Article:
RWU: What was going through your head once you were in the Sin Bin? Relief it wasn’t a red? Worry about the boys being down a man?
PETERSON: Not so much relief. A bit of disappointment that I let my emotions get the better of me and I put my teammates in a difficult position. But the boys did well, they dug in and defended extremely well during the period we had 14 players on the field.

RWU: Enough of the boxing questions… Team Canada threw one wasted opportunity after the next away, but their lineouts were a big part of their poor first half? Why were you guys so successful at disrupting their lineouts – other than you being 6’8″?
PETERSON: Both Scott [LaValla] and Hayden [Smith] did a lot of video work coming into the match against the Canadians. We knew what to expect from them and implemented a good defensive strategy to prevent them from getting good ball from their lineout. Being 6’8 helped the strategy, but also everybody sticking to the same game plan helped us pull off a good defensive effort against a good lineout.

AJ MacGinty and Hayden Smith
Hayden Smith watches MacGinty’s offering.

Flyhalf AJ MacGinty:
RWU: What were you thinking when you got the Yellow Card – your first in test rugby?
MACGINTY: I knew immediately I was in the wrong – although it was completely accidental! I kept my eyes on the ball and unfortunately as it came down, I was in position I could not get out of! The Canadian player [Man of the Match Hassler] was already in mid-air and collided with me. Fortunately, he didn’t land on his head and was okay… It was poor [execution] by me and put us under a lot of pressure late in the game.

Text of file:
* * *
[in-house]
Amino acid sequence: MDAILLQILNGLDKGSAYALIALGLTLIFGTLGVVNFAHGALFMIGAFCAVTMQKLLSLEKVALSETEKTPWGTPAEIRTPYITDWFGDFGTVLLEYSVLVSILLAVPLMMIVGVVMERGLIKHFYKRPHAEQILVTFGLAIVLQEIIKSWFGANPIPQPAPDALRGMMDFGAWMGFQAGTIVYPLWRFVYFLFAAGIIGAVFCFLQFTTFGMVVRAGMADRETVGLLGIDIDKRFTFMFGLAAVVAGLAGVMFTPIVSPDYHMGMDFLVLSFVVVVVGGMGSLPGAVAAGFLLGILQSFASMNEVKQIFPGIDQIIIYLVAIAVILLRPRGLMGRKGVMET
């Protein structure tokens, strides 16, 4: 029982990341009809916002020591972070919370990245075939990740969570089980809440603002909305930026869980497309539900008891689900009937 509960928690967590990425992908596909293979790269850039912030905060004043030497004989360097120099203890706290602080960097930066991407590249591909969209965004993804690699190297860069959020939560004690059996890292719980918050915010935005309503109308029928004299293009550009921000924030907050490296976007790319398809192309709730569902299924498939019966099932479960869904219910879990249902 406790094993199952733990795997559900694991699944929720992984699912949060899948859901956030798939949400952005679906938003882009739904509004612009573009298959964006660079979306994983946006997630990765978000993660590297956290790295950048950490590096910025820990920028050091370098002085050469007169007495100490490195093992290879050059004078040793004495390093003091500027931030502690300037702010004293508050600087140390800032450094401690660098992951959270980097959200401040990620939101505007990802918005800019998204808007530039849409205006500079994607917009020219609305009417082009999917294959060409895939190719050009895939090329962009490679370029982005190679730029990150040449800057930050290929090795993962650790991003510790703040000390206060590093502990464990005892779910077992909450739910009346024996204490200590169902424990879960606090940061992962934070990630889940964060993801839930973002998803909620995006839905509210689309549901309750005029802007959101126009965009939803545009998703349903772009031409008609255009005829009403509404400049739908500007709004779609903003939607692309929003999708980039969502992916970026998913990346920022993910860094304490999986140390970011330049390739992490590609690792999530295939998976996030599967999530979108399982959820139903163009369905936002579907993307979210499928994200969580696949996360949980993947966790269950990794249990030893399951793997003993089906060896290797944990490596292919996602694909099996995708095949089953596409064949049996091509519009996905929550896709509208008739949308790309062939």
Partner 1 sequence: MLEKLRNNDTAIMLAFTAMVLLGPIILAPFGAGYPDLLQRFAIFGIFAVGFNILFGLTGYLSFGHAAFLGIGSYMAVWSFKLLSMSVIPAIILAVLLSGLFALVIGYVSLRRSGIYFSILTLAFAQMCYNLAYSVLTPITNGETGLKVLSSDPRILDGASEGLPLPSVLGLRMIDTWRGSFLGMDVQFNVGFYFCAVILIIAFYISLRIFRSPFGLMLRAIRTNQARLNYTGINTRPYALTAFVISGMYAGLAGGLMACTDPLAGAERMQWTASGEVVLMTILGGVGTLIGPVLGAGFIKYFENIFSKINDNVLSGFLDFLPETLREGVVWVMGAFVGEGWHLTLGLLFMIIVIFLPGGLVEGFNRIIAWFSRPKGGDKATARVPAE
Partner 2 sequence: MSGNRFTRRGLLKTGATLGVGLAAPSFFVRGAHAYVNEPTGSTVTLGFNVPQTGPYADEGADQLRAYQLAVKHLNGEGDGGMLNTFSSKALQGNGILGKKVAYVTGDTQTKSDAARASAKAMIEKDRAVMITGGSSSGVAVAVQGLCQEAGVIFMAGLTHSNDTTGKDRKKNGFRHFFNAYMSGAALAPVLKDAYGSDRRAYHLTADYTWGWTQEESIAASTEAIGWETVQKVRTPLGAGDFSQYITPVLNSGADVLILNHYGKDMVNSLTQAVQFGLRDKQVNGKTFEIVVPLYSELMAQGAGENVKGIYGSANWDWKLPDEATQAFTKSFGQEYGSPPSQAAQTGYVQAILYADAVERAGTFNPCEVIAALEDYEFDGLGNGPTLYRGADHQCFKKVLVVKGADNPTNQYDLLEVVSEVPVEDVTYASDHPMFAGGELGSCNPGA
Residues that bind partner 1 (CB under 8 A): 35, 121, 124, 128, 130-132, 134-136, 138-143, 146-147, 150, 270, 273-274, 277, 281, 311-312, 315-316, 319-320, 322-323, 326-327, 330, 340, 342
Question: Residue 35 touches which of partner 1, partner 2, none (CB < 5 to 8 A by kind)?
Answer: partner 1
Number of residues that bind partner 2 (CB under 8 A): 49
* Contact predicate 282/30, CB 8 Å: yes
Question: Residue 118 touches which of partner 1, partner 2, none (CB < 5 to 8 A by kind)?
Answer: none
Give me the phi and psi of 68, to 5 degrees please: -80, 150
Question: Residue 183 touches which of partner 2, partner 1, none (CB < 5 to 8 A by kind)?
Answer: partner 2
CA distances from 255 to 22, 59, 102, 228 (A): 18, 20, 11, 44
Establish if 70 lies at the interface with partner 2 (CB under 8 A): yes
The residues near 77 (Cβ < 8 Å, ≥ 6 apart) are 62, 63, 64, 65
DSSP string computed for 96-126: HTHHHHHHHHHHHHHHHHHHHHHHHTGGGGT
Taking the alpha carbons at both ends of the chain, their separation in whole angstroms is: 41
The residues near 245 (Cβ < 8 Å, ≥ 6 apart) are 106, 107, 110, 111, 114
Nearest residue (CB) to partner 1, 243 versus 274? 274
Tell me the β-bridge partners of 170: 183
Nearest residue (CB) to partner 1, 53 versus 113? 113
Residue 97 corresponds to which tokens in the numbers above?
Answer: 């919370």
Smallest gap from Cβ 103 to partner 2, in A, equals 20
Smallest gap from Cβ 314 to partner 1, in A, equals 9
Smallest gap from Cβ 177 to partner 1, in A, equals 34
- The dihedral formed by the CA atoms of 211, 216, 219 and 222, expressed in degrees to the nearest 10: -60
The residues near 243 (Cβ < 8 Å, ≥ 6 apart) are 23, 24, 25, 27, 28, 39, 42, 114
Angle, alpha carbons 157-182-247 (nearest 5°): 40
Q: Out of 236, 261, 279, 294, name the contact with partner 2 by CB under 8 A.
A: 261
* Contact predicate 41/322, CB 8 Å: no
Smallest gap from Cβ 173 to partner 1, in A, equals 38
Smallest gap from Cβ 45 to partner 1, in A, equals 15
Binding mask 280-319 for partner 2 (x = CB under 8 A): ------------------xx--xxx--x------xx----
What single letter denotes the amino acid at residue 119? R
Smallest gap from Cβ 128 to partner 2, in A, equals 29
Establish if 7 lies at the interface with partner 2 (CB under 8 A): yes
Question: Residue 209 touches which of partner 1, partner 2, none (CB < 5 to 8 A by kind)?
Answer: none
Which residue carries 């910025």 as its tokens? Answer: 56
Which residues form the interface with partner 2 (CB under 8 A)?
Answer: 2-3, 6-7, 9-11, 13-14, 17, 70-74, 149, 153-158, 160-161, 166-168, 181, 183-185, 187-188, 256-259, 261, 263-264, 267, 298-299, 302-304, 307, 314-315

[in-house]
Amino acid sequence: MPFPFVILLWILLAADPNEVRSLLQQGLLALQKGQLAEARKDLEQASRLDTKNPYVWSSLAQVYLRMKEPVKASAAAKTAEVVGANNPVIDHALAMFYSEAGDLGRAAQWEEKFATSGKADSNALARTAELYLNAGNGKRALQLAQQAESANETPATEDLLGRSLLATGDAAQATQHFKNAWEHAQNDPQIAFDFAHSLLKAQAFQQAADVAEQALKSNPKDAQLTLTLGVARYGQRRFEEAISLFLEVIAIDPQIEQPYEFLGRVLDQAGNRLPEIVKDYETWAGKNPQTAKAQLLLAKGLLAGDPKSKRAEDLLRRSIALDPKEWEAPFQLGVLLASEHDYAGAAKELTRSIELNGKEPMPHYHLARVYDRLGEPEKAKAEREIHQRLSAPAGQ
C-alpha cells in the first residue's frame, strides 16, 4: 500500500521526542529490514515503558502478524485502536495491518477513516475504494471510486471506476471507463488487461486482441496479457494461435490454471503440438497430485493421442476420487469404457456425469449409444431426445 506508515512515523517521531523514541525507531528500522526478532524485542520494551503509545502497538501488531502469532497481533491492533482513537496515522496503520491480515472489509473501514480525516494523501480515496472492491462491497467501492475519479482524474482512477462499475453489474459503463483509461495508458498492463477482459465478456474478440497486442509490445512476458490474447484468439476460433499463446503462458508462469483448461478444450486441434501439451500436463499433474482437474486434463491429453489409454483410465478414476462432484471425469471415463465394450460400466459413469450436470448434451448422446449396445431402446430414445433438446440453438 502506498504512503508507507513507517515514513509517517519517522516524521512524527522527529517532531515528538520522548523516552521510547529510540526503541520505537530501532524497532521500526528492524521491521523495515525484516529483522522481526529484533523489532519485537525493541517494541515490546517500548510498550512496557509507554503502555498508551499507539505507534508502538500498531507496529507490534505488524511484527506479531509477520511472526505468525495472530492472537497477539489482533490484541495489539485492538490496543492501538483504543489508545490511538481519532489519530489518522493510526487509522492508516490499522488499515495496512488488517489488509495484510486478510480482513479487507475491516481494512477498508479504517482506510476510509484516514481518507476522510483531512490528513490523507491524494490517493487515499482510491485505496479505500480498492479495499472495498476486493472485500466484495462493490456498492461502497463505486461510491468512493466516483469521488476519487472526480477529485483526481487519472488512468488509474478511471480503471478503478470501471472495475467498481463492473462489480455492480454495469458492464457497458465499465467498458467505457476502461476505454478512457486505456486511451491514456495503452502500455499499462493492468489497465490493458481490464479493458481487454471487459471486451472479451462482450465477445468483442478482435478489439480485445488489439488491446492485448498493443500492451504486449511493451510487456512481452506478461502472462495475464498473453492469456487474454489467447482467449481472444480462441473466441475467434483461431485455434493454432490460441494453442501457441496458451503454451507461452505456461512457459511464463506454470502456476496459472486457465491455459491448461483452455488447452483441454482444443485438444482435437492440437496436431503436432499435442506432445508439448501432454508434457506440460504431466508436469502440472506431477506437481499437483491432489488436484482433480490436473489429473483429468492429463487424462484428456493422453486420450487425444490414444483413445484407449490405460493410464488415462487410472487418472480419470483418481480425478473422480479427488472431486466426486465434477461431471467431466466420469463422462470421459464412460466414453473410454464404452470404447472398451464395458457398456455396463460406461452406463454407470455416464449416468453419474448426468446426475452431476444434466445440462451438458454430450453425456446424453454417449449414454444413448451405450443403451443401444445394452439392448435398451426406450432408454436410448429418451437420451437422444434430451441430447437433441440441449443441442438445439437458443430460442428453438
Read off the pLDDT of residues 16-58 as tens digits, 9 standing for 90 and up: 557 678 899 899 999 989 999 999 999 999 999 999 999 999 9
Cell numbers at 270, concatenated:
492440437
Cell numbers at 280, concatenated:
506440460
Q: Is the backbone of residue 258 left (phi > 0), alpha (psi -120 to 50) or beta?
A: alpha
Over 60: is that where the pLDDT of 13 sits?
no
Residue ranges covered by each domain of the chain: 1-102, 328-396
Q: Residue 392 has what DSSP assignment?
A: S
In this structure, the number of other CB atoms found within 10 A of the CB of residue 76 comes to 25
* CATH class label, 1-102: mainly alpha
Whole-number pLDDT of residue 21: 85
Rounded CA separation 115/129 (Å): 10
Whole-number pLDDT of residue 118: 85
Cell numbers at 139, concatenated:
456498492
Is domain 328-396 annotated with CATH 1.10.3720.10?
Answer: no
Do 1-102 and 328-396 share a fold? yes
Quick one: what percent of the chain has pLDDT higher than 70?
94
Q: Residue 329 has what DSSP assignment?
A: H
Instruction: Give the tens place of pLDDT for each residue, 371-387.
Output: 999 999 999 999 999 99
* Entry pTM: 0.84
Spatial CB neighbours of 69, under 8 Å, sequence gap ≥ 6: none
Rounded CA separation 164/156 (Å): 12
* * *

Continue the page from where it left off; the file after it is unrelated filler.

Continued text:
RWU: Was the drop-goal discussed or did you just wing it? What was going through your mind just prior?
MACGINTY: We were in a great position with the scrum just outside their 22. I said it to Lommy [Shalom Suniula] just before the set piece, so he knew to look for me. We had a line break which brought us closer and I thought we might have scored. The next two phases just happened very quickly… Lommy did a great job keeping us in the centre of the pitch and we carried hard. Thankfully, the kick went between the sticks.

RWU: Did you know it was good when you hit it and where would you have hidden if you missed? You have large teammates that would likely want to “chat” about it.

MACGINTY: Ha ha… There would have been nowhere to hide! We would have been bitterly disappointed, of course. I didn’t have time to think about it. Was better off for it.

That’s it… Feel free to comment below, look for and “Like” our Facebook Rugby Wrap Up Page and follow us on Twitter@: RugbyWrapUp, Junoir Blaber, Jake Frechette, James Harrington, Jamie Wall, Nick Hall, DJ Eberle, Scheenagh Harrington, Jamie Loyd, Cody Kuxmann, Karen Ritter, Audrey Youn, Akweley Okine, Rocky Brown and Declan Yeats, respectively.

P.s… Thanks go once again to Paul Rudman for the use of his top-notch photos.

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About Junoir Blaber 868 Articles
Born in Osu, Accra, Ghana, West Africa, Junoir Blaber is a rare commodity; while most Ghanians eat, sleep and dream Soccer (football), Junoir is all about Rugby. A self-proclaimed Rugbyologist, he has been involved in Rugby as a ref, coach, administrator and player since Columbus discovered Ohio. His useful/trivial rugby knowledge qualify Blaber as RWU's Senior Correspondent & known in rugby circles as The Rugby Rain Man. He can also be found moonlighting for our American partners at MeetTheMatts.com.